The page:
The RSO model envisaged RSOs targeting a high proportion of their jobs at residents who have become cut off from the labour market. These jobs were to be temporary, offering employees a transition from unemployment to more secure jobs beyond the neighbourhood.
The pilots have illustrated that:
- The RSO teams must have a reasonably high proportion of core staff on permanent contracts, in order to guarantee good quality services and to offer trainees quality support.
- RSOs may have to do intensive outreach work, offering pre-recruitment advice and training, if they are to reach those people who are most in need of help.
7. RSOs are more likely to succeed in neighbourhoods where traditional local authority structures have been replaced.
The pilots suggest that the best environments for the development of RSOs over the next few years will be where, for example:
- regeneration programmes such as New Deal for Communities have been established;
- housing associations are the main social landlord;
- neighbourhood management is being developed;
- tenant management organisations have taken responsibility for housing management.
8. RSOs can be developed alongside, and complementary to, other regeneration initiatives.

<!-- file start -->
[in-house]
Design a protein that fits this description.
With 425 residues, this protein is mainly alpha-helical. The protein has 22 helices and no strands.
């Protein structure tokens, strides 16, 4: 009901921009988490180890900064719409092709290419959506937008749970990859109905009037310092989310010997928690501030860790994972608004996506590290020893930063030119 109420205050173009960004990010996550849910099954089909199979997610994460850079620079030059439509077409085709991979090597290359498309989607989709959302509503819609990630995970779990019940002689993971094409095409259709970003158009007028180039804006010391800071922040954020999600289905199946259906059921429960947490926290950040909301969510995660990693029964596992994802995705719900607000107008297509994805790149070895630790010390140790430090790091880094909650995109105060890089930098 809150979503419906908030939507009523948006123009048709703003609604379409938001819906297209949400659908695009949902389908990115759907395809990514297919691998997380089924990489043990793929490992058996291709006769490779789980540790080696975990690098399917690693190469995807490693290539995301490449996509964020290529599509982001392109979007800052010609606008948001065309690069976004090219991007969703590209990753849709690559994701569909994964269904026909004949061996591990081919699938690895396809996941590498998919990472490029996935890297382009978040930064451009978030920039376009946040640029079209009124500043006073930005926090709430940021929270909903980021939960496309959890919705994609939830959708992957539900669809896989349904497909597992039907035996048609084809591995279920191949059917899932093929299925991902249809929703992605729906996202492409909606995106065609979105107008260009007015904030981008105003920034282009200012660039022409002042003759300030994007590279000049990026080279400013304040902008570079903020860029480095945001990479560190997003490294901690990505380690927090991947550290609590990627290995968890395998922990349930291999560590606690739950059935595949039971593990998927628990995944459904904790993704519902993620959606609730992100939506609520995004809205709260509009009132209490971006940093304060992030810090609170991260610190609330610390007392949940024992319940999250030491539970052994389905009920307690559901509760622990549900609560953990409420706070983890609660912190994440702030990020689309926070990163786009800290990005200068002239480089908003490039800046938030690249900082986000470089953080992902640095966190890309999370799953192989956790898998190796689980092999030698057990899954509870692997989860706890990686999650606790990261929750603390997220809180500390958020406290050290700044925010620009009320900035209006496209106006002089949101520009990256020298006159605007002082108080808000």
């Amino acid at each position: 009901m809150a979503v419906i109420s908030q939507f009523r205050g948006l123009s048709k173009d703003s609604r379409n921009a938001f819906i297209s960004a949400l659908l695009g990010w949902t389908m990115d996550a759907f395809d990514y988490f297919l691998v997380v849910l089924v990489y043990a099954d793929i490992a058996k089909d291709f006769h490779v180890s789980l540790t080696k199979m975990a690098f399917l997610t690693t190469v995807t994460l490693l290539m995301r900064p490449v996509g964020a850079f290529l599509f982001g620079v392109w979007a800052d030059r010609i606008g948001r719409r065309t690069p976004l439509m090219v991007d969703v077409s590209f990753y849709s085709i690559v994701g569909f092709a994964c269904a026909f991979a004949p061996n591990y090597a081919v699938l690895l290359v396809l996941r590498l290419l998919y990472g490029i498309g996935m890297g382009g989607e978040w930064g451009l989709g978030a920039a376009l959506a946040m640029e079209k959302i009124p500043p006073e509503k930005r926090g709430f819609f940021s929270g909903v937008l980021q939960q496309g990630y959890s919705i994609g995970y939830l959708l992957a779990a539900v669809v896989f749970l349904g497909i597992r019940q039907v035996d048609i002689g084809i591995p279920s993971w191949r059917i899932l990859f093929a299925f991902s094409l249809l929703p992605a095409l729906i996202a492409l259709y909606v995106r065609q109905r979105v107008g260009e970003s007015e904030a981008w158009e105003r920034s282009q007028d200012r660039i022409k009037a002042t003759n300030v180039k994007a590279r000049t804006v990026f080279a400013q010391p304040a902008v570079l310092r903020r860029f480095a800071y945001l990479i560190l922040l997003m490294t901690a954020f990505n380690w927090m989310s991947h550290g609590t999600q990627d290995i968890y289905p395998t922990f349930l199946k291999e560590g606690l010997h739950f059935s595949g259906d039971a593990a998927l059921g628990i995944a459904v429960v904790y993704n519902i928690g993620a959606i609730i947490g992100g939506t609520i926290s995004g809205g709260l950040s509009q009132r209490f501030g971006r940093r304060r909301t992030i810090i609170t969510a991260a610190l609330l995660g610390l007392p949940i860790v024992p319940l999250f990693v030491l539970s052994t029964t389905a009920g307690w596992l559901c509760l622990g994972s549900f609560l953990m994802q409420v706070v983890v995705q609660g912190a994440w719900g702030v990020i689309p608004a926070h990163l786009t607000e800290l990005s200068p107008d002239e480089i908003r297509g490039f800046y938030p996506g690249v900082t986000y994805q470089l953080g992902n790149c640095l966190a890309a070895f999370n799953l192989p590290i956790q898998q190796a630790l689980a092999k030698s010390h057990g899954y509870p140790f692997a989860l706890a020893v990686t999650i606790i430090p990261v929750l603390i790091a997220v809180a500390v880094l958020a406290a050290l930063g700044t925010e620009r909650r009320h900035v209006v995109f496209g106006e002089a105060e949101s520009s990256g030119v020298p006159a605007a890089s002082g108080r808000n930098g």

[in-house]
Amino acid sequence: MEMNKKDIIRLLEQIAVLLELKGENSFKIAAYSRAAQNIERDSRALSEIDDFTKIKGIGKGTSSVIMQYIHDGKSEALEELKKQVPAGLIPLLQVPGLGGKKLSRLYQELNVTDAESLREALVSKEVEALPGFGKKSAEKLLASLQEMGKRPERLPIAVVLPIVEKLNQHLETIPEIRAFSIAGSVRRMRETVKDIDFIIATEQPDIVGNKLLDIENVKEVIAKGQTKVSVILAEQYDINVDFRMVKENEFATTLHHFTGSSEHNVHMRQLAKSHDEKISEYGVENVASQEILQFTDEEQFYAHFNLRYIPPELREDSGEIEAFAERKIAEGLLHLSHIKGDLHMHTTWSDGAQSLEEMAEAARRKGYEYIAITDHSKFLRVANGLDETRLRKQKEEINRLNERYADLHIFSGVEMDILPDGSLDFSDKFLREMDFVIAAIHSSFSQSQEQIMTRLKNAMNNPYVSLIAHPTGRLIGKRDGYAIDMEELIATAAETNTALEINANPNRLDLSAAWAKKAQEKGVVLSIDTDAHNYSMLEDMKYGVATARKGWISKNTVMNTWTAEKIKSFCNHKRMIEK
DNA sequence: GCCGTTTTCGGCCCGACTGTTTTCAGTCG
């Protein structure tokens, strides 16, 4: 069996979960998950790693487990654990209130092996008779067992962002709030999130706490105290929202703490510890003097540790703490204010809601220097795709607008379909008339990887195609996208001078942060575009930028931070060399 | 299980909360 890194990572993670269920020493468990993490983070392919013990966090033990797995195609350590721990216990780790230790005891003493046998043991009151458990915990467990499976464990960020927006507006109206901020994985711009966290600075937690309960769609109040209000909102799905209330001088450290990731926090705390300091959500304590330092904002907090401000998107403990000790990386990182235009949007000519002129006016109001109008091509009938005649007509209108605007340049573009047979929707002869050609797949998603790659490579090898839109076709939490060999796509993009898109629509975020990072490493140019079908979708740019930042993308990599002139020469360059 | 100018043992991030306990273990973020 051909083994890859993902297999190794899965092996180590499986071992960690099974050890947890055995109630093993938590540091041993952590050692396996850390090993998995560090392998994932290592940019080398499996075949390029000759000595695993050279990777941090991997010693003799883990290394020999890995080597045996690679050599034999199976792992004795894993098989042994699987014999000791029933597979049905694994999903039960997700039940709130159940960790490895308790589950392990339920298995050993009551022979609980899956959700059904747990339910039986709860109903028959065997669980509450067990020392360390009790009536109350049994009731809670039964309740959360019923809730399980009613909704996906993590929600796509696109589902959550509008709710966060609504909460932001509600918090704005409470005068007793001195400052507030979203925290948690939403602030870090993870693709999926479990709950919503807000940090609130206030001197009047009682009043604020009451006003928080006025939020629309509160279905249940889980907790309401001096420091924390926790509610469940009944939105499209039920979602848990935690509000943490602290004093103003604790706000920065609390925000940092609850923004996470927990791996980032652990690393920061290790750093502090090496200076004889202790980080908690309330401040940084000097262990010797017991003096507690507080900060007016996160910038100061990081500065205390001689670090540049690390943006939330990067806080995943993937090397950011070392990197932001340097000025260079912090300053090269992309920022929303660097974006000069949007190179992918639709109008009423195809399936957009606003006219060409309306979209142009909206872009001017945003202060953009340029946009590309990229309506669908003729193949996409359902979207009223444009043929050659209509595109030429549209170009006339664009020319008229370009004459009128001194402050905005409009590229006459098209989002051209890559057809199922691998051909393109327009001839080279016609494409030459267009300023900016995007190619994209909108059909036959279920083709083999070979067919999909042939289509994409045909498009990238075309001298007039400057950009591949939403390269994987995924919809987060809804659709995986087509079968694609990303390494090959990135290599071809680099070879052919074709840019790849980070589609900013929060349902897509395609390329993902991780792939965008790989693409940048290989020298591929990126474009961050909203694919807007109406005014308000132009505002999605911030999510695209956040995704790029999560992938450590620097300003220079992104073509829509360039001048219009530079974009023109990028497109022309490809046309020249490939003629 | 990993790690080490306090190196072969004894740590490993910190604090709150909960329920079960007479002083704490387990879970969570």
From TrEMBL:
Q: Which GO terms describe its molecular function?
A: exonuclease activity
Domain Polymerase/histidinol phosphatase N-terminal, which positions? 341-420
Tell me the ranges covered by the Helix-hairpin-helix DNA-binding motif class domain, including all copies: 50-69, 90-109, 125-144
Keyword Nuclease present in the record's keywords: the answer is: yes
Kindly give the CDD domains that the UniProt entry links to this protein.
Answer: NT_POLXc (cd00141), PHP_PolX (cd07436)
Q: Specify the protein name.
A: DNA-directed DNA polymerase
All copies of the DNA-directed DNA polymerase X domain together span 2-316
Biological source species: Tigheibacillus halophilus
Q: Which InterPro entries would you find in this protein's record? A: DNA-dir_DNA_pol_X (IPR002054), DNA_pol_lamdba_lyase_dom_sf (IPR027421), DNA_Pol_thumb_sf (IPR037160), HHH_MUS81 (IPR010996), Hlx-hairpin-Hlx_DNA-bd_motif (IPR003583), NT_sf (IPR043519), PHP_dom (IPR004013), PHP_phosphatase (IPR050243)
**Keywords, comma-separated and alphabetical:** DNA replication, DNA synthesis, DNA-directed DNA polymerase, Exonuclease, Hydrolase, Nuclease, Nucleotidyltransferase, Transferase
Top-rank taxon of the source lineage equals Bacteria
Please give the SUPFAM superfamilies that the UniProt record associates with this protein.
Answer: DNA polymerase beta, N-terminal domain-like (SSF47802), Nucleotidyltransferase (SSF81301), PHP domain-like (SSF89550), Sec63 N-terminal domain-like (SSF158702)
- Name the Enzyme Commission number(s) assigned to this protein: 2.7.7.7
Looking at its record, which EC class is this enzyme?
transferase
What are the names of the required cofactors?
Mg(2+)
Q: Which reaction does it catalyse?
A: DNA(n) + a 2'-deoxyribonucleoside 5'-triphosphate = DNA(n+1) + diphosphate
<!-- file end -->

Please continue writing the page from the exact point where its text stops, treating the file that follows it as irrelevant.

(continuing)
In the pilot projects, the RSOs generated enthusiasm, creative thinking, partnership working, and community action, built confidence and helped developed skills. This in turn spawned other initiatives.
In addition, initiatives which were already underway looked to the developing RSOs to fill gaps in their plans, for example as a delivery vehicle for neighbourhood management or as a trading arm of a development trust.
Hence RSOs should be seen as one of a range of options which can be developed in a neighbourhood over time.
The main difficulties and barriers suggested by the pilots programme were:
- Although steering-groups identified many neighbourhood activities which they believed RSOs could deliver effectively, local authority practices, policies and procedures made it extremely difficult to re-frame contracts so that RSOs could fulfil them. Social landlords and local authorities were willing 'in principle' to support the RSOs, and in practice gave considerable officer time, but this resulted in few contracts for mainstream services.
- The RSOs' development programme could not be managed solely by volunteers or as an appendix to officers' jobs. In practice, it must be driven by individuals with considerable time and expertise at their disposal.